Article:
The Supreme Court’s Citizens United Corporate Campaign case Should Be Controversial—But Not for the Reason You Think
If you have any doubt about the ability of the political Left to set the agenda in this country, look at the controversy over the Supreme Court’s 2010 Citizens United corporate campaign finance case.
What most people have heard about the case is that it “allowed corporations to spend unlimited amounts in federal elections,” a ruling the extreme left considers controversial. (The Court voided a section of federal campaign law.) But we rarely hear that the Court upheld only the rights of corporations to spend independently of the candidates—and that the justices left in place the part of federal law that bans corporations from donating to candidates.
And we never hear that, over the dissent of Justice Thomas, Citizens United upheld federal requirements that corporate campaign expenditures be publicly disclosed. The Left does not consider that part of the decision to be controversial.
Yet from an objective constitutional point of view, the Court’s decision protecting corporate First Amendment rights is far more defensible than its decision upholding the disclosure requirements.
First, it is dubious whether the Constitution even gives Congress power to regulate the source and amount of campaign contributions and expenditures. The background and meaning of the Constitution’s “Time, Place and Manner Clause”—which Congress uses to justify such laws—strongly suggests not.
Second, the position of the more extreme leftists—that corporate speech is not protected by the First Amendment—is absurd to anyone who has studied the evidence. The position is inconsistent with the plain language of the First Amendment, which does not discriminate according to who is speaking. It is inconsistent with the Founders’ understanding of the terms “freedom of speech” and “freedom of the press.” It is factually inconsistent with the guarantee of a free press, because, of course, most newspapers and broadcast stations are incorporated. And it is inconsistent with decisions of the Court itself—particularly those written by “progressive” justices—that have upheld the First Amendment rights of corporations such as the New York Times and the NAACP.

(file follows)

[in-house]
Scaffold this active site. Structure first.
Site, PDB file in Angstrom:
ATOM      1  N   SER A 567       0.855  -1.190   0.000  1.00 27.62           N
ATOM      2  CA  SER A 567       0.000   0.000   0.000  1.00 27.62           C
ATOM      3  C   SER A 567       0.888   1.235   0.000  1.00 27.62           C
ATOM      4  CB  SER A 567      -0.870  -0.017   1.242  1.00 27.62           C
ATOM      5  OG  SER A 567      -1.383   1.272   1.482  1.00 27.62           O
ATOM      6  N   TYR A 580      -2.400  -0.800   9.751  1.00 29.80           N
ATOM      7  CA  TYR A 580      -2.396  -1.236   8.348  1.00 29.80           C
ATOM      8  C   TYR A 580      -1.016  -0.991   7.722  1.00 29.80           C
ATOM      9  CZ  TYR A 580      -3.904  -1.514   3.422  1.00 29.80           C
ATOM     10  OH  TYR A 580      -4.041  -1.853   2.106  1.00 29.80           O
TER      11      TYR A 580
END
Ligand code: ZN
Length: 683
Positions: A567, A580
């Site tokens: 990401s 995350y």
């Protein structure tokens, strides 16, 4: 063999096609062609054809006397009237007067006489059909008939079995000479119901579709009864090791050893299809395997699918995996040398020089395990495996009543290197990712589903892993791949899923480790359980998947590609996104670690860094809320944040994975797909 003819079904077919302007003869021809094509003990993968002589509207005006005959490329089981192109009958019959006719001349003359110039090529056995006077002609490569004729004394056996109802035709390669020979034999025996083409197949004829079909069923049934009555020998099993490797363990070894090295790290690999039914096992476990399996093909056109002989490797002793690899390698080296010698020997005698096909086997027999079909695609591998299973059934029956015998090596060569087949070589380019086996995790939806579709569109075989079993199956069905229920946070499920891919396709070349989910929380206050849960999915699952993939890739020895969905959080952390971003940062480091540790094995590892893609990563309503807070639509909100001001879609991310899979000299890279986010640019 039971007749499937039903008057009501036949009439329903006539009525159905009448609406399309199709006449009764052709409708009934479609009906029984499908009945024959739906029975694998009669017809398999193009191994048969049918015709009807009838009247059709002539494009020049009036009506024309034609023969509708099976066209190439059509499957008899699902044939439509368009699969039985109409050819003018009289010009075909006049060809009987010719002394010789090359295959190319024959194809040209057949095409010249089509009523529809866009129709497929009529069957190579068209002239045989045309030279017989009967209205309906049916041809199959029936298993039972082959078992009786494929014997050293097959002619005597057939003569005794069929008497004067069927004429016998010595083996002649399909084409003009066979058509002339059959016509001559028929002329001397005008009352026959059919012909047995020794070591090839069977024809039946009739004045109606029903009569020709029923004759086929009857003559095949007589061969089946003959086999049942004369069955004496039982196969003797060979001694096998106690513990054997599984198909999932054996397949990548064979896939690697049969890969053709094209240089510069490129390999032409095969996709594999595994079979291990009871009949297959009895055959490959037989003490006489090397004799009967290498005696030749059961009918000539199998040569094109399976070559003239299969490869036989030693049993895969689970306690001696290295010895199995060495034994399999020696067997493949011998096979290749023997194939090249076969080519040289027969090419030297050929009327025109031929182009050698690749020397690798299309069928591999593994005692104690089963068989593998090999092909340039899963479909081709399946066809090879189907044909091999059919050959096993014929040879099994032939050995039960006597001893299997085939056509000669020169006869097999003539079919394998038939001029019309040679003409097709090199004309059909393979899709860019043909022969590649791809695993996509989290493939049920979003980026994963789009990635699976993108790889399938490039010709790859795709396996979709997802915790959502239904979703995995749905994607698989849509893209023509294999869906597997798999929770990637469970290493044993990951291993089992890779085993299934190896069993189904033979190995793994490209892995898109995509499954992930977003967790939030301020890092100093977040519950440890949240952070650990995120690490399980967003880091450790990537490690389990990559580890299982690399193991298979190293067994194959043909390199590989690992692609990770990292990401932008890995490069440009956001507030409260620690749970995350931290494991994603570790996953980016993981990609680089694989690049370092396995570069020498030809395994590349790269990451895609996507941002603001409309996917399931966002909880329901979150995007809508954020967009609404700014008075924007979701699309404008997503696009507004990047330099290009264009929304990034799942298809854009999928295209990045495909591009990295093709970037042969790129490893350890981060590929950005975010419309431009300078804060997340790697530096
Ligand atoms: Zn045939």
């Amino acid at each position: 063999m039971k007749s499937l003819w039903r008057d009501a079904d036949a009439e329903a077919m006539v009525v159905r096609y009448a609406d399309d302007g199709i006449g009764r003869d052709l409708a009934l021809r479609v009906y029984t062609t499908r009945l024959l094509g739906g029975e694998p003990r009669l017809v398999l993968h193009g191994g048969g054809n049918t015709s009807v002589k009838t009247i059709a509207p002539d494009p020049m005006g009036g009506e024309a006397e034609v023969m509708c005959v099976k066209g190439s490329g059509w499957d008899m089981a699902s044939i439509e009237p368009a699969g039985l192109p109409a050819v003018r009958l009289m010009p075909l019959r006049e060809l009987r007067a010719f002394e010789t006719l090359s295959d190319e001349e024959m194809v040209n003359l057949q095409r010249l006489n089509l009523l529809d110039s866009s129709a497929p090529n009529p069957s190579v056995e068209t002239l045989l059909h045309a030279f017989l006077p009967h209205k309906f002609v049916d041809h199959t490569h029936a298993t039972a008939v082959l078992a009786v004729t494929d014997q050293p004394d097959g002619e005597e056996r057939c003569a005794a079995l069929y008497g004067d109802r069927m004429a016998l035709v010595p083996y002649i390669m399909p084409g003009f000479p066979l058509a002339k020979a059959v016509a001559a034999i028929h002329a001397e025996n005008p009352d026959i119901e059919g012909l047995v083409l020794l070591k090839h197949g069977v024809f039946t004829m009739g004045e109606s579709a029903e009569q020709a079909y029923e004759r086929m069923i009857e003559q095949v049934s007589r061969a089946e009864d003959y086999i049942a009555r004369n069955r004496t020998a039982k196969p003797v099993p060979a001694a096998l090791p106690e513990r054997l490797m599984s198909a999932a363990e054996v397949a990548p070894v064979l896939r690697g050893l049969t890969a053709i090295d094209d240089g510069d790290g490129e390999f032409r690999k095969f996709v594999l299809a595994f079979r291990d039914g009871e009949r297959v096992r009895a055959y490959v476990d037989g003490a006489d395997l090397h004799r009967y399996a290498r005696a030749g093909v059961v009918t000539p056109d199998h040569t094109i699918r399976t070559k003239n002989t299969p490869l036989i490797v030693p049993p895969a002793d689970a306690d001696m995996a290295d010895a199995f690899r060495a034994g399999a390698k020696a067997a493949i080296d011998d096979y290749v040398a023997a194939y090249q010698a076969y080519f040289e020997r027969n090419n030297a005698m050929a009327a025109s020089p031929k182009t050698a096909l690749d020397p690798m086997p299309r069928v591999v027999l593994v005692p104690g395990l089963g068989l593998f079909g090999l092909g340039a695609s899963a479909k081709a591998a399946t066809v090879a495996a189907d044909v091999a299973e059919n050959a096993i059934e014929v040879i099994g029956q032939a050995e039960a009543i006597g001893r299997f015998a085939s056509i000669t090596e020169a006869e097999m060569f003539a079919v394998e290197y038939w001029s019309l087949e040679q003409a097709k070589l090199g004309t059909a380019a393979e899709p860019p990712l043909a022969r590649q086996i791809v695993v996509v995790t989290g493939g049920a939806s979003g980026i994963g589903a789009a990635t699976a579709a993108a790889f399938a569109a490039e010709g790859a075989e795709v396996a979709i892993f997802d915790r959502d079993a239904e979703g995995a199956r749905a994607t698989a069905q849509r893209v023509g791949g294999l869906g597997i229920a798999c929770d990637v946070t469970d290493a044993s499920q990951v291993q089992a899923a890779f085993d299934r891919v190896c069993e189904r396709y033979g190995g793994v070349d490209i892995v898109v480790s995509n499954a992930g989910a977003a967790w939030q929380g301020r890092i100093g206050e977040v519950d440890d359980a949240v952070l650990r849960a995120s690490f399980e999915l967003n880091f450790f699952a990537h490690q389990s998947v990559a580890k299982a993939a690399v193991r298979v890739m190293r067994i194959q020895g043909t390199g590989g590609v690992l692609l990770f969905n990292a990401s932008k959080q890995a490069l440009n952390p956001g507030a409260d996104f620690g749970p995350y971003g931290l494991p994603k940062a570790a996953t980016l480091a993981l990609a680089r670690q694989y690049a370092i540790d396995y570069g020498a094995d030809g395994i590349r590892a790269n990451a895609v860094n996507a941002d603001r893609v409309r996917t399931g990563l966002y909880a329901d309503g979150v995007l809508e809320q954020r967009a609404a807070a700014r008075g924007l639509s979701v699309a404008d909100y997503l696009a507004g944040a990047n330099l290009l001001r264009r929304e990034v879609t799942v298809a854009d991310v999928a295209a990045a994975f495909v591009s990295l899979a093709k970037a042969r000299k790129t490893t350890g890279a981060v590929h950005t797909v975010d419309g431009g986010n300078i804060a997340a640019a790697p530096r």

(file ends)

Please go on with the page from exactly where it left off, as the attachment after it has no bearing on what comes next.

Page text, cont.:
Third, the position that “freedom of speech” is severable from spending money getting out your message is similarly absurd: Every communication except, perhaps screaming on the street corner, requires expenditure to be effective. Microphones have to be purchased. Writers have to be employed. Advertising space and time has to be bought. And so on.
We spend public time discussing such ridiculous arguments only because the Left is able to put them on the public agenda.
We would do far better talking about the other part of the Citizens United opinion—the part concluding that anonymous speech is not protected by the First Amendment. That is the much more questionable part of the decision.
Anonymous and pseudonymous expression was part of what the founding generation meant by “freedom of speech” and “freedom of the press.” Anonymous and pseudonymous essays were central to the debate over the Constitution itself. The Federalist Papers, the most famous product of those debates, were written under a pen name. So were most of the other important articles and pamphlets arguing for or against the Constitution.
There were, and are, a several good reasons why people wish to make their arguments without their names being known.
* They may wish their arguments to be considered on their merits without being dismissed because of who wrote them. During the Founding Era, this was commonly given as a reason for anonymity. It is a particularly important consideration today, when publicists have become experts at destroying the credibility of perfectly good arguments by vilifying their authors.
* Writers may fear retribution from unscrupulous and powerful persons and interest groups. This, also, is a very modern concern.
* Writers may wish to participate marginally in politics without letting it consume their lives. Anyone who has been flooded with phone calls from reporters knows how disruptive that can be. Forcing people to disclose their names discourages all from participating who do not wish to become public figures.
What if an anonymous author abuses the First Amendment by hiding behind his anonymity to slander others? The Founding Generation had a good answer to that: the law of defamation. If the plaintiff had a decent case, he could sue the publisher of the article, and force the publisher to disclose the writer.
But occasional instances of abuse do not justify disclosure of those who are innocent of abuse.
In a fairer world, Citizens United would be a controversial case. But not because of the no-brainer ruling that people don’t give up their First Amendment rights when they incorporate. What would be controversial would be the Court’s refusal to protect the First Amendment right to contribute to the public debate without having one’s life destroyed.
One more point: Highlighting the corporate contribution part of the decision while ignoring the rest serves the purpose of inaccurately portraying the Court as “conservative.” But that’s a topic for another time.